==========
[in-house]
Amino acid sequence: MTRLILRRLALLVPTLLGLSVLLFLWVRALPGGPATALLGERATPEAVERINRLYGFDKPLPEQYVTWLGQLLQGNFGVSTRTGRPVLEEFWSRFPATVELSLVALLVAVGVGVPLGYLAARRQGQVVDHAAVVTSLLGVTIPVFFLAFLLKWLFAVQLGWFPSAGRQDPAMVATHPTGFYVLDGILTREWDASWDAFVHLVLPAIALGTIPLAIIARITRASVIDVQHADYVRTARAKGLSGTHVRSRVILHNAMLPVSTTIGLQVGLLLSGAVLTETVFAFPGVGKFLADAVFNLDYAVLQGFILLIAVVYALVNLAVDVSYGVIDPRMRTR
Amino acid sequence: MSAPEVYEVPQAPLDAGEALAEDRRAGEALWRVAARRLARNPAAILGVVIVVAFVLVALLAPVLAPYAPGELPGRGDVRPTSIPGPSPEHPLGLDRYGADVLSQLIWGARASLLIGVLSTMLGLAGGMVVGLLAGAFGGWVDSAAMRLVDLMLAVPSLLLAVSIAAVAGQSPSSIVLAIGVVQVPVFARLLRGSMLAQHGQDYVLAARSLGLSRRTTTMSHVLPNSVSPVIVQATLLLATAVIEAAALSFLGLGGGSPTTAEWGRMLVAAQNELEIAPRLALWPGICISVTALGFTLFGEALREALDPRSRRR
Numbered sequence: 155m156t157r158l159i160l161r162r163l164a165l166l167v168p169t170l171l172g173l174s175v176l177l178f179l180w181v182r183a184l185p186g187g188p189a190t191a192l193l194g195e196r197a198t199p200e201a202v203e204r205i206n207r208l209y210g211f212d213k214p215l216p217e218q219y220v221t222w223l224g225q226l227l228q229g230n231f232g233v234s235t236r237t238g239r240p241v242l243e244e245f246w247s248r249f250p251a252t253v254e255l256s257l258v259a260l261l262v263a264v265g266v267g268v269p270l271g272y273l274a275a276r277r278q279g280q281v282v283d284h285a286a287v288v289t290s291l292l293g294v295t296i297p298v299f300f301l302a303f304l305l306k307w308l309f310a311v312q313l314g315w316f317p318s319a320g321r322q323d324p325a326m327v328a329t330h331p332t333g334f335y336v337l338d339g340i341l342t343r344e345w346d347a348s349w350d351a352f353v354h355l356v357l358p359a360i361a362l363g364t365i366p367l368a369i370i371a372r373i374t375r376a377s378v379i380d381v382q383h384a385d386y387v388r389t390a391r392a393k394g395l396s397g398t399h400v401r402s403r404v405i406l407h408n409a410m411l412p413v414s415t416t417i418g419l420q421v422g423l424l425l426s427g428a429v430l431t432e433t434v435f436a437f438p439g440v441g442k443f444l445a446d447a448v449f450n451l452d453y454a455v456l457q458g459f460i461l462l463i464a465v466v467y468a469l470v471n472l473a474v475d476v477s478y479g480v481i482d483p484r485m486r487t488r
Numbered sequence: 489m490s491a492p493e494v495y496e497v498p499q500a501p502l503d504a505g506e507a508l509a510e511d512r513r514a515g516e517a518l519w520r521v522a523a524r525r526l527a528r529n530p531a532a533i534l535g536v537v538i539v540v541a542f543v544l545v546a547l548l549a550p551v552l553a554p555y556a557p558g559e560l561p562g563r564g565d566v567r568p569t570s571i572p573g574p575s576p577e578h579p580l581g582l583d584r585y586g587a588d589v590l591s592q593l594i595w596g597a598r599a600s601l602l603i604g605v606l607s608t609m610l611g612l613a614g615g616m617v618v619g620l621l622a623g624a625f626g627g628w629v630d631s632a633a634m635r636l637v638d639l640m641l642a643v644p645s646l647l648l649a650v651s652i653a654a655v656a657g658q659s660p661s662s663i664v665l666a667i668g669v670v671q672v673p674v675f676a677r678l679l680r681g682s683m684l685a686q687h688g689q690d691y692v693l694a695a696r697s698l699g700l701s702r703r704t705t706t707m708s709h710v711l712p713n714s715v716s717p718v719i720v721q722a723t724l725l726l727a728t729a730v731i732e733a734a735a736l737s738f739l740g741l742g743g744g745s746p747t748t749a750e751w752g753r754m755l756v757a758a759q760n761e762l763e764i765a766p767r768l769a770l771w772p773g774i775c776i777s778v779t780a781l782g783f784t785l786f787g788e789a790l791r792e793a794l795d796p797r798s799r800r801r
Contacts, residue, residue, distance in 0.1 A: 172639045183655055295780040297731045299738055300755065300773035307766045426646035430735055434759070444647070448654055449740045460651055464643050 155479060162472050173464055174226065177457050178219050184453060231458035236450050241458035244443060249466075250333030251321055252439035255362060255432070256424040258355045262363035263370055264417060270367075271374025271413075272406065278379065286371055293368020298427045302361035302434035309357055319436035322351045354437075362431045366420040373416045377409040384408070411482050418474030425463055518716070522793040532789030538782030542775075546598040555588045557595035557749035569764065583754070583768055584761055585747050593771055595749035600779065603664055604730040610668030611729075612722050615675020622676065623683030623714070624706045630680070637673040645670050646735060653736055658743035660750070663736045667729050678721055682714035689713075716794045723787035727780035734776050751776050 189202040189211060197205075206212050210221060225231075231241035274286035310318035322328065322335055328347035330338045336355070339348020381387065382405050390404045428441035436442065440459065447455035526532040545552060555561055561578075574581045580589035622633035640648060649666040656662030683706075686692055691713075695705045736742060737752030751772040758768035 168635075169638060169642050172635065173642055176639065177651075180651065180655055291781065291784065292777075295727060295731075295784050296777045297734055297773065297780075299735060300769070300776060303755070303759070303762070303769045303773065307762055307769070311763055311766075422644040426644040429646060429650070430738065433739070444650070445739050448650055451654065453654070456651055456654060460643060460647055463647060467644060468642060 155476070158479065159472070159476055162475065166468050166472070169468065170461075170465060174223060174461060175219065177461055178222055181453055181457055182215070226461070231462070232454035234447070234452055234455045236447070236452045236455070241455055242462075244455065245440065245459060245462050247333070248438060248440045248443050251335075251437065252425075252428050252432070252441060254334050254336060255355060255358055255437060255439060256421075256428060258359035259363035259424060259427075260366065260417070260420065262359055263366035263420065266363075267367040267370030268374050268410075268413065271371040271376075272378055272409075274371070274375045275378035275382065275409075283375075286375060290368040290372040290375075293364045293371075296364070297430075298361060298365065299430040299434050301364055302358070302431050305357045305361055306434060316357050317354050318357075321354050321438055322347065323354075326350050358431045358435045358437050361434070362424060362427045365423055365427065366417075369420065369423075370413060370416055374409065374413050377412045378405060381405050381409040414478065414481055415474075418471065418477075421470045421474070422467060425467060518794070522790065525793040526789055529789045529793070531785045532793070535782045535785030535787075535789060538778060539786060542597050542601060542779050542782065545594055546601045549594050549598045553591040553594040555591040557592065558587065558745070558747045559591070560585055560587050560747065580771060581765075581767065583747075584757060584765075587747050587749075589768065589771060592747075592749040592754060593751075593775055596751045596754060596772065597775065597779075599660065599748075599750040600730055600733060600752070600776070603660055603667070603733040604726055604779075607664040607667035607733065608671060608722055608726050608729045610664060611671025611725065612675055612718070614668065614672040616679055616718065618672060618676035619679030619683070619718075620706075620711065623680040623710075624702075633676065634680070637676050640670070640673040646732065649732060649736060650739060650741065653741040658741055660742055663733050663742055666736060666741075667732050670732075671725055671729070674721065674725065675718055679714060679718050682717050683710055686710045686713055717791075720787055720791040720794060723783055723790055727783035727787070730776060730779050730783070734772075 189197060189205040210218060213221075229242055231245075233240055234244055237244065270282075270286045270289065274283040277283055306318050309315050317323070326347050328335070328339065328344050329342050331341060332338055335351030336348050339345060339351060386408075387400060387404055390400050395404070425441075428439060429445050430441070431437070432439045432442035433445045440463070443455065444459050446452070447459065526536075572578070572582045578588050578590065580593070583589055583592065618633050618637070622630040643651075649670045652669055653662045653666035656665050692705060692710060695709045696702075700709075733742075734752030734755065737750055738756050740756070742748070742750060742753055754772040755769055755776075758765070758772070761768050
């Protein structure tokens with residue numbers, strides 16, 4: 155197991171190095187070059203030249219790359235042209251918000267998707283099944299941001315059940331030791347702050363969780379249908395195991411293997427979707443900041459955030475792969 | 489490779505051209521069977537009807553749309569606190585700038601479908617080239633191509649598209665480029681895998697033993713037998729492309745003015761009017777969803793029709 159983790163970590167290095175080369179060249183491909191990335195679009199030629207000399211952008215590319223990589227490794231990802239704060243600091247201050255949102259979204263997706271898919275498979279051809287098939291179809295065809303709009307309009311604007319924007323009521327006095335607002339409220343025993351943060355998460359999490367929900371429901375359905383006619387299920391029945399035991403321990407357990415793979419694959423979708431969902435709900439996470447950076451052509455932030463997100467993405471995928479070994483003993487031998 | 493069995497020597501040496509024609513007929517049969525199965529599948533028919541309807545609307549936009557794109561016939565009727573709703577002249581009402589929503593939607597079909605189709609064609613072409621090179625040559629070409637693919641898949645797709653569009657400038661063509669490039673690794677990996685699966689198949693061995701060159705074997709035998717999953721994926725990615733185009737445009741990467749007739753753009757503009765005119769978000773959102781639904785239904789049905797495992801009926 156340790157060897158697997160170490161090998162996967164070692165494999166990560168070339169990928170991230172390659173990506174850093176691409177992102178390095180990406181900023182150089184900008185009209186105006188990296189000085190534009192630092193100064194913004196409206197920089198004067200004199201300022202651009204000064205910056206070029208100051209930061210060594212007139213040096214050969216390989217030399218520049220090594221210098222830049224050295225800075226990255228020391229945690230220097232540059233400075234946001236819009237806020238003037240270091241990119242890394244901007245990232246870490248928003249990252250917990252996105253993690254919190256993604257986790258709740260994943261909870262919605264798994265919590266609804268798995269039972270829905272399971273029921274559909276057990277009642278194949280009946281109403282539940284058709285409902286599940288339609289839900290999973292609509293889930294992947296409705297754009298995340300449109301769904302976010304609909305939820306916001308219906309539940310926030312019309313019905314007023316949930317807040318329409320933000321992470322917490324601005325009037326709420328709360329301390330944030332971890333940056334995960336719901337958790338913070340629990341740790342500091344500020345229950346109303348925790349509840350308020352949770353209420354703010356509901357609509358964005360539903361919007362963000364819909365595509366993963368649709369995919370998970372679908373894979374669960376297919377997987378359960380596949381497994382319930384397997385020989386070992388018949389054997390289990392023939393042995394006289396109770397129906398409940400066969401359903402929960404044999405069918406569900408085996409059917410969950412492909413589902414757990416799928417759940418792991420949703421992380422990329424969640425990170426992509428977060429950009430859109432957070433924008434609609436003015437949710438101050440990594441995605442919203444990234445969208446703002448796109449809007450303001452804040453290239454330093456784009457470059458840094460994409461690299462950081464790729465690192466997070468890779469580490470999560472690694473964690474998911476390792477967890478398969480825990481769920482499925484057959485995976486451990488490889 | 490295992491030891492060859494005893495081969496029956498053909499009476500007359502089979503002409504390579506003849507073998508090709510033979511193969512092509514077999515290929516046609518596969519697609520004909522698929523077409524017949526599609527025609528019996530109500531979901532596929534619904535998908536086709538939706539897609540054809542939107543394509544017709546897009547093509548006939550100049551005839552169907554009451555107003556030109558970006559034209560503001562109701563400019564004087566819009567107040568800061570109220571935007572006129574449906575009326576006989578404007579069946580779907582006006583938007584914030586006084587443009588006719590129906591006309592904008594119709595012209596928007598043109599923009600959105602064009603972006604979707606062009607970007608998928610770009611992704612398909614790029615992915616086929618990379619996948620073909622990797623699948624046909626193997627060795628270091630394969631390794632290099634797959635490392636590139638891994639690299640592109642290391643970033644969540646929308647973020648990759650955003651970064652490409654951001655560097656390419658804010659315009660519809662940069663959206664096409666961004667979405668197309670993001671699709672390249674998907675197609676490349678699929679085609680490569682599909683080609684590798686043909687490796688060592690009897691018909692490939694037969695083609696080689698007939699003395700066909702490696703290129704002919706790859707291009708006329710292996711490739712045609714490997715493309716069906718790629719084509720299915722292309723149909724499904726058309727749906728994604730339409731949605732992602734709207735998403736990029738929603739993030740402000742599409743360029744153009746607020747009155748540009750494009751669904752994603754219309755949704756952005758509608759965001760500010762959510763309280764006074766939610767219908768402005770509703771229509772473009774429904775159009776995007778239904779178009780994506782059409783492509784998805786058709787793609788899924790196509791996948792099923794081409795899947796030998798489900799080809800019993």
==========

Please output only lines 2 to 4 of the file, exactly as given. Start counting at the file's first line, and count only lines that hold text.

Amino acid sequence: MTRLILRRLALLVPTLLGLSVLLFLWVRALPGGPATALLGERATPEAVERINRLYGFDKPLPEQYVTWLGQLLQGNFGVSTRTGRPVLEEFWSRFPATVELSLVALLVAVGVGVPLGYLAARRQGQVVDHAAVVTSLLGVTIPVFFLAFLLKWLFAVQLGWFPSAGRQDPAMVATHPTGFYVLDGILTREWDASWDAFVHLVLPAIALGTIPLAIIARITRASVIDVQHADYVRTARAKGLSGTHVRSRVILHNAMLPVSTTIGLQVGLLLSGAVLTETVFAFPGVGKFLADAVFNLDYAVLQGFILLIAVVYALVNLAVDVSYGVIDPRMRTR
Amino acid sequence: MSAPEVYEVPQAPLDAGEALAEDRRAGEALWRVAARRLARNPAAILGVVIVVAFVLVALLAPVLAPYAPGELPGRGDVRPTSIPGPSPEHPLGLDRYGADVLSQLIWGARASLLIGVLSTMLGLAGGMVVGLLAGAFGGWVDSAAMRLVDLMLAVPSLLLAVSIAAVAGQSPSSIVLAIGVVQVPVFARLLRGSMLAQHGQDYVLAARSLGLSRRTTTMSHVLPNSVSPVIVQATLLLATAVIEAAALSFLGLGGGSPTTAEWGRMLVAAQNELEIAPRLALWPGICISVTALGFTLFGEALREALDPRSRRR
Numbered sequence: 155m156t157r158l159i160l161r162r163l164a165l166l167v168p169t170l171l172g173l174s175v176l177l178f179l180w181v182r183a184l185p186g187g188p189a190t191a192l193l194g195e196r197a198t199p200e201a202v203e204r205i206n207r208l209y210g211f212d213k214p215l216p217e218q219y220v221t222w223l224g225q226l227l228q229g230n231f232g233v234s235t236r237t238g239r240p241v242l243e244e245f246w247s248r249f250p251a252t253v254e255l256s257l258v259a260l261l262v263a264v265g266v267g268v269p270l271g272y273l274a275a276r277r278q279g280q281v282v283d284h285a286a287v288v289t290s291l292l293g294v295t296i297p298v299f300f301l302a303f304l305l306k307w308l309f310a311v312q313l314g315w316f317p318s319a320g321r322q323d324p325a326m327v328a329t330h331p332t333g334f335y336v337l338d339g340i341l342t343r344e345w346d347a348s349w350d351a352f353v354h355l356v357l358p359a360i361a362l363g364t365i366p367l368a369i370i371a372r373i374t375r376a377s378v379i380d381v382q383h384a385d386y387v388r389t390a391r392a393k394g395l396s397g398t399h400v401r402s403r404v405i406l407h408n409a410m411l412p413v414s415t416t417i418g419l420q421v422g423l424l425l426s427g428a429v430l431t432e433t434v435f436a437f438p439g440v441g442k443f444l445a446d447a448v449f450n451l452d453y454a455v456l457q458g459f460i461l462l463i464a465v466v467y468a469l470v471n472l473a474v475d476v477s478y479g480v481i482d483p484r485m486r487t488r